Still, Kember went to the show. “The whole set was epic, faultless, but one song stood out in particular: a warped, staggering guitar voyage that seemed to encompass the quintessence of psychedelia,” Kember wrote about MBV’s set at The Roadmenders Centre in Northhampton. Continuing to describe what he heard, he went on to say that there were, “Pulsing waves. Building elliptical loops. A reverbed synchromesh of vocals, bass, drums, and guitar.

“Looming to unholy crescendos, then, devastatingly, snatching them away. Evaporating into a silken heat haze to rematerialise again out of the effervescence, stronger and more entrancing each time.”

There have also been arguments for shoegaze finding its origins early in the 1980s. Cocteau Twins, as early as 1983, released their proto-shoegaze record, Head over Heels. Two years later, in 1985, Scottish experimental pop band The Jesus and Mary Chain released their highly influential Psychocandy, which touched upon a specific ingredient found in the overarching idea of shoegaze; noise pop. 

The songs on Psychocandy were extremely reminiscent of The Velvet Underground and despite its sonically experimental nature, operated within a highly formulaic format. Layered on top of these simplistic pop songs were dissident, loud, distortion and fuzz heavy processed guitars.  

This brings us to our next question: who are the bands that are most associated with the shoegaze genre?

Pete Kember formed the band Spacemen 3. (Credit: Pete Kember)

Who are the best shoegaze bands?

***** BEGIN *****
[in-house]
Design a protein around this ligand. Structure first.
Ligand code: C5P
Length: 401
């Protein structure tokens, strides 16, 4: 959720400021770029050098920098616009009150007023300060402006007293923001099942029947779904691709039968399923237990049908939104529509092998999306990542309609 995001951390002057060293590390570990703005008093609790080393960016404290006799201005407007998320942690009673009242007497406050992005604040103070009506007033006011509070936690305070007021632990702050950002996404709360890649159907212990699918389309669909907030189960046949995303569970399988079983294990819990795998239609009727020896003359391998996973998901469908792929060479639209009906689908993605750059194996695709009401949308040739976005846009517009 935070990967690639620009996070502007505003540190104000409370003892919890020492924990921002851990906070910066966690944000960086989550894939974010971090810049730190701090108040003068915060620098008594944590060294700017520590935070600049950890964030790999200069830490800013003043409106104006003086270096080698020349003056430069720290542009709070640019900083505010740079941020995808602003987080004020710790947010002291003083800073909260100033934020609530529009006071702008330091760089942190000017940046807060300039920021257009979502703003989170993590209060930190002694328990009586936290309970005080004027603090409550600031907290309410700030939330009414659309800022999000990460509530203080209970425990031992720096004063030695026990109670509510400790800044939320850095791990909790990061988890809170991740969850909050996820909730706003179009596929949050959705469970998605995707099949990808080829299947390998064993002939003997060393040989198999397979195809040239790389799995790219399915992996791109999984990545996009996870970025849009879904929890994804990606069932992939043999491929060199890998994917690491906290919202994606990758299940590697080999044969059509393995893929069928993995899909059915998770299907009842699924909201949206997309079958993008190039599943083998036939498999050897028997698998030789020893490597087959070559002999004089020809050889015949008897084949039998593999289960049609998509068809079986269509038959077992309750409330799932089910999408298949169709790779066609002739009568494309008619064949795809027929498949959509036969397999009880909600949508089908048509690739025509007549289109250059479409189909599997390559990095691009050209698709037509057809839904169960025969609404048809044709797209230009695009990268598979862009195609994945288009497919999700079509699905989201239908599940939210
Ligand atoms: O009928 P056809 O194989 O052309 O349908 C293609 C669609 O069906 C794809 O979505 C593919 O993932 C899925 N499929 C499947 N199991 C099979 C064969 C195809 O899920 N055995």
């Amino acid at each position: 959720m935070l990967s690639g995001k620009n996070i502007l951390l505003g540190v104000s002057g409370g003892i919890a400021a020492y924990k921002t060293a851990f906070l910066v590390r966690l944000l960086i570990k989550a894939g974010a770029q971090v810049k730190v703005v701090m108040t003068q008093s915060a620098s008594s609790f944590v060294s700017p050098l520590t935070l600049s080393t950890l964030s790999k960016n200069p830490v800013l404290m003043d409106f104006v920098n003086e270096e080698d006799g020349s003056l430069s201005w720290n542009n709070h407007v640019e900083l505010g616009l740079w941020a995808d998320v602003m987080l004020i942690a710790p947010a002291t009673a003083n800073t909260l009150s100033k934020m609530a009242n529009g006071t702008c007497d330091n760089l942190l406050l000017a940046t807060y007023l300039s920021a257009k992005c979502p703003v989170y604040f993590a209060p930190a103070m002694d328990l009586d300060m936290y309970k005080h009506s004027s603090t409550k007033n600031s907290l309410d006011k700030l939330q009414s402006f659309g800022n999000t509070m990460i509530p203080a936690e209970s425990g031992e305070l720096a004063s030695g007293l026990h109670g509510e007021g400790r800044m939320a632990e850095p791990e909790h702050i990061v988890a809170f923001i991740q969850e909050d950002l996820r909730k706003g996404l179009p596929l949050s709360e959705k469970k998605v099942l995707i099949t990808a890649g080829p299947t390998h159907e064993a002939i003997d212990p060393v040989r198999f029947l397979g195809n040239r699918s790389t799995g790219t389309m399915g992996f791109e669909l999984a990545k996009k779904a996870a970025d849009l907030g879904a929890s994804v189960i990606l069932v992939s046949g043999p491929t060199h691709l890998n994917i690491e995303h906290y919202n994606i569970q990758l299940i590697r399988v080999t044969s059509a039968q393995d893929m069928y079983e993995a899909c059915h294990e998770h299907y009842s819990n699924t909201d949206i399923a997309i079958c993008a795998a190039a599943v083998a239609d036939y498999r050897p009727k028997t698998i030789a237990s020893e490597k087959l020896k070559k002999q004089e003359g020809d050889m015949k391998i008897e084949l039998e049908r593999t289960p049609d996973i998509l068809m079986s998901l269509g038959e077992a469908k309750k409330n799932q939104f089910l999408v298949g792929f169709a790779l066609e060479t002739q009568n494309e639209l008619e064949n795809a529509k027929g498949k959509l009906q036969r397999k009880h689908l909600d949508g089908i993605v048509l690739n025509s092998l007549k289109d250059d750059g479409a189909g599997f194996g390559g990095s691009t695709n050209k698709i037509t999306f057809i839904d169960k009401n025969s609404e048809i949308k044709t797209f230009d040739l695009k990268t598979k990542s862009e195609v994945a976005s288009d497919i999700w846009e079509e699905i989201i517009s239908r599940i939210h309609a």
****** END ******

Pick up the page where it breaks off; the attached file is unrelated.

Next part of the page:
Many have come to define ‘the holy trinity’ of shoegaze bands as such: My Bloody Valentine, Slowdive, and Ride.

The idea is that each of these bands represents the different sides of shoegaze: My Bloody Valentine represents the ‘noise’ side; Slowdive represents the ‘dream’ side, while Ride represents the pop side of it. 

The following records are the genre-defining records from each of the aforementioned bands:

  • My Bloody Valentine – Loveless (1991)
  • Slowdive – Souvlaki (1993)
  • Ride – Nowhere (1990)
Slowdive are often credited as being pioneers of shoegaze. (Credit: DeepSkyObject)

Who are other prominent shoegaze bands?

  • The Verve
  • Mercury Rev
  • Swervedriver
  • Chapterhouse
  • Lush
  • Catherine Wheel
  • Swirlies
  • Blonde Redhead
  • Medicine
  • Lilys
  • The Brian Jonestown Massacre
  • The Dandy Warhols
  • Pale Saints
  • Spacemen 3
  • Cocteau Twins
  • The Jesus and Mary Chain

Leave a comment if there are other good shoegaze bands you believe deserve a mention.